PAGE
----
After getting diagnosed, I hit the computer hard.  Researching as much as I could about TTTS.  I had heard of it before and seen babies diagnosed late in pregnancy, while I worked as an RN, in a Special Care Nursery.  The mama nurse in me was on a mission to understand TTTS the best I could.   Many family and friends brought meals over including my sweet co-workers who faithfully brought meals twice a week and would often stay to visit.  Their faithfulness, endurance and thoughtfulness showed me the love of my heavenly father in such a tangible way.  Noah was always eager to greet them at the door, with guitar in hand and sing them some of his favorite songs like, "Indescribable" by Chris Tomlin or "Marvelous Light" by Charlie Hall.  I'll never forget him standing by the door, strumming his guitar that was as big as he was and singing such big words, with no reservations.

     When I found out I was pregnant with Noah, our first pregnancy, I was really fearful of a miscarriage.  But God impressed on me how much He loved my baby, even more than I ever could.  This baby was ultimately His.  That my husband and I get to care for and love God's precious child for whatever amount of time He gives us.  Even if we never get to see his or her sweet face.  We never know how long we will have with our children.  But we can trust in God's good and perfect love for them.  This truth during Noah's pregnancy was preparing me for this season.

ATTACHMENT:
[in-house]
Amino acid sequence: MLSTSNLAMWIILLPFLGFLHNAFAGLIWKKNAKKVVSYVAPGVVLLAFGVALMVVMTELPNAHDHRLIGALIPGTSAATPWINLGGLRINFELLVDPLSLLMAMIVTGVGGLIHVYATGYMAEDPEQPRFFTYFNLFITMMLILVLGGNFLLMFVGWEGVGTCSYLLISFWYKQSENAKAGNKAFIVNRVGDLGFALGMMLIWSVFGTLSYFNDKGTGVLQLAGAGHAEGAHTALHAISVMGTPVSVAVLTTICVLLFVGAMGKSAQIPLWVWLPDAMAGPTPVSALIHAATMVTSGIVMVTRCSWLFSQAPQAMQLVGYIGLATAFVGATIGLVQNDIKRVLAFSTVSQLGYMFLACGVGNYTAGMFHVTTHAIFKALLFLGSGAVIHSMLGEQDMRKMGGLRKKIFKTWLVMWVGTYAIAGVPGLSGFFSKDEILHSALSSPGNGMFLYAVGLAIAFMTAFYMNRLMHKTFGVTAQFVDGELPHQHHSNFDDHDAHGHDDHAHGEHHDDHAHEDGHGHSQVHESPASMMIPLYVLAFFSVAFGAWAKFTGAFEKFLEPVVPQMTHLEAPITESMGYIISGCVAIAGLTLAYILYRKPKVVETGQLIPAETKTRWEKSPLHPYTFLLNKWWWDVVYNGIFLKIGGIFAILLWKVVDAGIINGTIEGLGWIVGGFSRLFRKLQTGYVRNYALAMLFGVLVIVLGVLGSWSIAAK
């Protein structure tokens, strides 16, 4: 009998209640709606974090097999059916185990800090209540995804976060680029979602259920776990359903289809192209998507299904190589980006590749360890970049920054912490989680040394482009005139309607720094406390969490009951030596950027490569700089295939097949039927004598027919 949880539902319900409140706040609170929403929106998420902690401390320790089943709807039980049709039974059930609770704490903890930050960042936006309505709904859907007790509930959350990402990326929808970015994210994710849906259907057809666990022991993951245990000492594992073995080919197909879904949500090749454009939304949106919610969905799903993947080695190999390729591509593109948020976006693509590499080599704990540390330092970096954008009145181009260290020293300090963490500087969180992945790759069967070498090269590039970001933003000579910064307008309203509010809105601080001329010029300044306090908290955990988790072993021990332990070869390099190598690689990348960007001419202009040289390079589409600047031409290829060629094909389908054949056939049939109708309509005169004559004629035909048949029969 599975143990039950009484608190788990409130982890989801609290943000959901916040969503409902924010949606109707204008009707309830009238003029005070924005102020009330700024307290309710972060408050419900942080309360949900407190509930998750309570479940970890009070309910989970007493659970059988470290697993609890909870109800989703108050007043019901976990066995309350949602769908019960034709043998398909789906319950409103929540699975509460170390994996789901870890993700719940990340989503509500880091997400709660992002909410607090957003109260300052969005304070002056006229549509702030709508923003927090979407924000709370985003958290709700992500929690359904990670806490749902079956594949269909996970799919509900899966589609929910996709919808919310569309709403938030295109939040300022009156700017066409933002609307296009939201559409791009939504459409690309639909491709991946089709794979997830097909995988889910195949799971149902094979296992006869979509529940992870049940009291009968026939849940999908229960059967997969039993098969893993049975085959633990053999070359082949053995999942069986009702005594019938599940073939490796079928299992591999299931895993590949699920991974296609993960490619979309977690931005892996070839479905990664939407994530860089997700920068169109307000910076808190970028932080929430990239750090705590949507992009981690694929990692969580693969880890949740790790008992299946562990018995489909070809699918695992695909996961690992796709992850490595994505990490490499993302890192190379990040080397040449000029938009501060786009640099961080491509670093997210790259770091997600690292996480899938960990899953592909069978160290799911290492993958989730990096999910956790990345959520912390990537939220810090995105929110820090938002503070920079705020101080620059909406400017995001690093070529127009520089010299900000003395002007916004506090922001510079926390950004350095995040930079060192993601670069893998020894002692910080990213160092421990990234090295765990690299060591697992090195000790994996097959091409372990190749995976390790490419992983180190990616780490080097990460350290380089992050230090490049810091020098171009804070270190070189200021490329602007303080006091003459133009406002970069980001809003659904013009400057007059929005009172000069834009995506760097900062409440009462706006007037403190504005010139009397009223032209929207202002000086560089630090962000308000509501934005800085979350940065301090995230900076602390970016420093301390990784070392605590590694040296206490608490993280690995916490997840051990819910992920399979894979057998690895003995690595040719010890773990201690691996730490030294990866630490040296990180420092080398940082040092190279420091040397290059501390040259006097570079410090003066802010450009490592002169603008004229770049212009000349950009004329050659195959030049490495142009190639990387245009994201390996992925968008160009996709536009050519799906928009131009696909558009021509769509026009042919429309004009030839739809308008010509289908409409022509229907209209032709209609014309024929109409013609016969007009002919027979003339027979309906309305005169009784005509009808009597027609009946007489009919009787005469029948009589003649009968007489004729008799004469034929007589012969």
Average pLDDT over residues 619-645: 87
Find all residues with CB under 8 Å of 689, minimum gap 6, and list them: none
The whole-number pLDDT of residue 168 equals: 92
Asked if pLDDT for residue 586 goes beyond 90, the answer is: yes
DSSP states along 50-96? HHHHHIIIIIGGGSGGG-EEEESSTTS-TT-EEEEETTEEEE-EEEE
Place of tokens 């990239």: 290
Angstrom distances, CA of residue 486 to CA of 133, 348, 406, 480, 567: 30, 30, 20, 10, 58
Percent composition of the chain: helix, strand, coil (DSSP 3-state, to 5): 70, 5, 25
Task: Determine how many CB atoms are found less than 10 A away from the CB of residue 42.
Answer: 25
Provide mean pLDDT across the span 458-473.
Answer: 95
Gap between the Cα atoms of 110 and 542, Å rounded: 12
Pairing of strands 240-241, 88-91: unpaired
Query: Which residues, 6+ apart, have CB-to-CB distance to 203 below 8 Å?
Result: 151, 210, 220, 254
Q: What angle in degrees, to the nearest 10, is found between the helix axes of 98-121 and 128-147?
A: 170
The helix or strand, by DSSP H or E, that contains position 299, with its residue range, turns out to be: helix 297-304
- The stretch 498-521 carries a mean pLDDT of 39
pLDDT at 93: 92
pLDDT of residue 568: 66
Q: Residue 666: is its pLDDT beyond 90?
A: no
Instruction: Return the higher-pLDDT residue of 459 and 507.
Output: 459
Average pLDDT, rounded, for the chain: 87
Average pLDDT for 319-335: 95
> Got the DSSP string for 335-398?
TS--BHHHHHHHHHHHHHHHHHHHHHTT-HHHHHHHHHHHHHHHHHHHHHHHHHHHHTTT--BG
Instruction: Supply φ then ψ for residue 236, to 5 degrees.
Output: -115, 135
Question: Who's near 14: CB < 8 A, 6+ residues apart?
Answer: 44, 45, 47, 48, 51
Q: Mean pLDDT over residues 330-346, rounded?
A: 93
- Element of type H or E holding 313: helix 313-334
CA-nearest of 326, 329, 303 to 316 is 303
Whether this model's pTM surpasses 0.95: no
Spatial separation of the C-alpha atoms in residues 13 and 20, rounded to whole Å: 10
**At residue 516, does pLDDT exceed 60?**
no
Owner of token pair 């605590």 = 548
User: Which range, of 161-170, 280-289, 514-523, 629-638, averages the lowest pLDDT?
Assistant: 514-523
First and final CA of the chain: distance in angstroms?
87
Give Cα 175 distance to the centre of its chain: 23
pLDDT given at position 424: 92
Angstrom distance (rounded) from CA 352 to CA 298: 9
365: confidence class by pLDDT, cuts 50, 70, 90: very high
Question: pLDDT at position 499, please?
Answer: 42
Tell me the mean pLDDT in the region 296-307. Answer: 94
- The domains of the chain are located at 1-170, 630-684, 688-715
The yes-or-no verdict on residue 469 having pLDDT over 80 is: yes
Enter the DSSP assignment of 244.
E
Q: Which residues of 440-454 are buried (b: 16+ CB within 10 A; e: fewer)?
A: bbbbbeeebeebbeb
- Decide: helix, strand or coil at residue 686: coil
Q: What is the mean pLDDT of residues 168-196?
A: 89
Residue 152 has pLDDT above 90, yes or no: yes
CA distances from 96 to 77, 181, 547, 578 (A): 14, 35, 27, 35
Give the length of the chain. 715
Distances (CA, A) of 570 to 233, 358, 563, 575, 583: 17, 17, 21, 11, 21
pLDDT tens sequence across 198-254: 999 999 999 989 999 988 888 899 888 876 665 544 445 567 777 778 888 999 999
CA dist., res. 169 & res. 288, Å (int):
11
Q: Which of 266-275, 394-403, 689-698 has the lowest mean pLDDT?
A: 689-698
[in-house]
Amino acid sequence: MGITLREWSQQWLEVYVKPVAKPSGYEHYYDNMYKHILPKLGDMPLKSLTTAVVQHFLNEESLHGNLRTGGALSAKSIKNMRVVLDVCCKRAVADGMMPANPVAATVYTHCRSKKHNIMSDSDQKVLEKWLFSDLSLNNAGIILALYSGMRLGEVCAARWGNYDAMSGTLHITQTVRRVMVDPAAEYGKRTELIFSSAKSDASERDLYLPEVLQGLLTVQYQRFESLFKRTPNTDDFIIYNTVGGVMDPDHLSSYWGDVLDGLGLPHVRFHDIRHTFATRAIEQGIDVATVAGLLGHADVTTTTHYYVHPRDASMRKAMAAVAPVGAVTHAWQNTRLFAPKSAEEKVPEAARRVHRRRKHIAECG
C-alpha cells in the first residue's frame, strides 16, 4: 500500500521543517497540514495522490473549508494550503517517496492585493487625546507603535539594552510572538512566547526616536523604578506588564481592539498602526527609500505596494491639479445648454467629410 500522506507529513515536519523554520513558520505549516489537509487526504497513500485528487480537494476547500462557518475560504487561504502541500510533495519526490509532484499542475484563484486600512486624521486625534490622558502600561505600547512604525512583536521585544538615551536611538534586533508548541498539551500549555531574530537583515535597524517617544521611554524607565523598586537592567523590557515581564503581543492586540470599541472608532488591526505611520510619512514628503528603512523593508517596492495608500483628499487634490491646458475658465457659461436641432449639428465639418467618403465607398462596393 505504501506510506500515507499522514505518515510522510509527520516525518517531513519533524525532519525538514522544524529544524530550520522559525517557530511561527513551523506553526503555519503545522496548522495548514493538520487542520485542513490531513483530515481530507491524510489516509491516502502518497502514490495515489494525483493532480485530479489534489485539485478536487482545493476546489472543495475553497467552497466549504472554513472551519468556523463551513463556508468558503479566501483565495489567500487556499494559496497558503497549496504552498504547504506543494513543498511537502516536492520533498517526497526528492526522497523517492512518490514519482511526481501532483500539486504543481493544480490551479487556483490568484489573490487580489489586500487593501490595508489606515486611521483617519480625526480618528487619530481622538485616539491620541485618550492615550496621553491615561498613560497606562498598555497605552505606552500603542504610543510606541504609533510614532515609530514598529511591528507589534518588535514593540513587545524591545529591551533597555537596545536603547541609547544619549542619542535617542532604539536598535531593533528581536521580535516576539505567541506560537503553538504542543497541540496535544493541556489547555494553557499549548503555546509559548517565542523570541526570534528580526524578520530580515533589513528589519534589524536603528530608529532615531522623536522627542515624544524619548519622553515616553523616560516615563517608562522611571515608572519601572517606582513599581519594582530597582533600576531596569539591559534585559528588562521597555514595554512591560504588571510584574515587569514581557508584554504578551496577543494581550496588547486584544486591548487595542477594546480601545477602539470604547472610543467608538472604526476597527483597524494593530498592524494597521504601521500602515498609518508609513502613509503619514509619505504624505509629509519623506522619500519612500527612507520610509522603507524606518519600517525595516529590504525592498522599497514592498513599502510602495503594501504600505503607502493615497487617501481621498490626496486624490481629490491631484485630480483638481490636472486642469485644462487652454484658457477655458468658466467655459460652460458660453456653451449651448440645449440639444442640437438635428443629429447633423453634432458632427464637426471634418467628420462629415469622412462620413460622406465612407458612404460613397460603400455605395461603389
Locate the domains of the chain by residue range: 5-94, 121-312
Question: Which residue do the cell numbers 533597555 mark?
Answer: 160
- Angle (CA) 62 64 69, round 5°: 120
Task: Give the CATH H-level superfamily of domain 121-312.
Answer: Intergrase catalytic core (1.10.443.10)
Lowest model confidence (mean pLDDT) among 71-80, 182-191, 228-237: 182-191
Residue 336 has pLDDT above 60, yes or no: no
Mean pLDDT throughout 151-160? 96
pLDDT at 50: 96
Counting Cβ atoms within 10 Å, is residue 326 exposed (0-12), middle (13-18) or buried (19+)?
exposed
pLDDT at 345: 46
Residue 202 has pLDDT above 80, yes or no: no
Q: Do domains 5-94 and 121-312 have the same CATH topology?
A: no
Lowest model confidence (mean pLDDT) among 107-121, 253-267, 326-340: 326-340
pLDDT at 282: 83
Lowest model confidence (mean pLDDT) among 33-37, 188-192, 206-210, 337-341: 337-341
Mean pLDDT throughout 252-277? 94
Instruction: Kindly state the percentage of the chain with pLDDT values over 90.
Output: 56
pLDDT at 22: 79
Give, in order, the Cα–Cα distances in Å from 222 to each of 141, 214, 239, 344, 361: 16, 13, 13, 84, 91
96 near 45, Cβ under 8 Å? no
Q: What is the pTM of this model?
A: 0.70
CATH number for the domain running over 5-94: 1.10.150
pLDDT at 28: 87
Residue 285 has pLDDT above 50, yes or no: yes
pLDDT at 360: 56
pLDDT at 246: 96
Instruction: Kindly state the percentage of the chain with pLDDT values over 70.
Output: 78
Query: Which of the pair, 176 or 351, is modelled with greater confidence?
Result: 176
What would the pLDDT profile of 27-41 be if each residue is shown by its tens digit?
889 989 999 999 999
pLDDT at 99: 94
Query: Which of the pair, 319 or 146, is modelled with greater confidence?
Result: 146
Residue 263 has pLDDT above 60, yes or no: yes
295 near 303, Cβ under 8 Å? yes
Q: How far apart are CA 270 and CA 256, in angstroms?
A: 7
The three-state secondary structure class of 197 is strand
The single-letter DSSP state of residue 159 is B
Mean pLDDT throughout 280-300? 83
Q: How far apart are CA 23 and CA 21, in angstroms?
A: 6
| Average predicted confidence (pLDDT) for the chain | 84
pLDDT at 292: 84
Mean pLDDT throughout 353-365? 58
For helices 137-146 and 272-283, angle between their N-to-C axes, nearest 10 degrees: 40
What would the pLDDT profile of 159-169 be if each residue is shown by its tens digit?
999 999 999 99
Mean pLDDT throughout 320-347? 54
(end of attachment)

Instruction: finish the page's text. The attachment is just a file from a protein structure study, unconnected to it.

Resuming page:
Appointments went from a couple times a week, to daily ultrasounds and then weekly echocardiograms with the pediatric cardiologist to monitor Baby A's heart.  With each appointment we went in for, we didn't know if our babies would still be alive.
     God poured out his love and peace to me with timely verses about how he never changes.  He is the great I am.  He is the same God who led Moses and the Israelites across the parted sea on dry land.  He is the same God who protected Daniel from the mouths of lions.  He is the same God who instructed Noah to build an ark even when rain had never fallen from the sky before.  He is the same God that fufilled his promise to Abraham and gave him a son, even though it seemed impossible due to their old age.  He is the same God who sent His only son to rescue us by coming into our sinful world to fulfill the Old Testament scriptures.  He was born of the virgin, Mary and to be called Immanuel, which means "God with us."  He suffered great pain for us and our sins.  He died on a cross and rose 3 days later.  He is that same God today, in this moment, and in tomorrow with whatever may come.  He will never leave us.  He is always with us.
     At 26 weeks, we had our second amnio reduction done.  During an amnio reduction, the doctor goes into the amniotic sac with a long needle to remove the excess fluid.  Removing the fluid is an attempt to control the excess fluid in Baby A's sac which would hopefully help relieve some of the pressure on her heart.  Baby A was showing tricuspid regurgitation, a beginning sign of heart failure.  Baby B was showing some absent end diastolic flow, where the blood flow through her umbilical cord would basically stop coming to her.   Unfortunately, the fluid removal during the amnio reduction did not help enough.  Our doctor referred us, out of state, to one of four fetal surgeons in the US, to look into a surgical treatment option.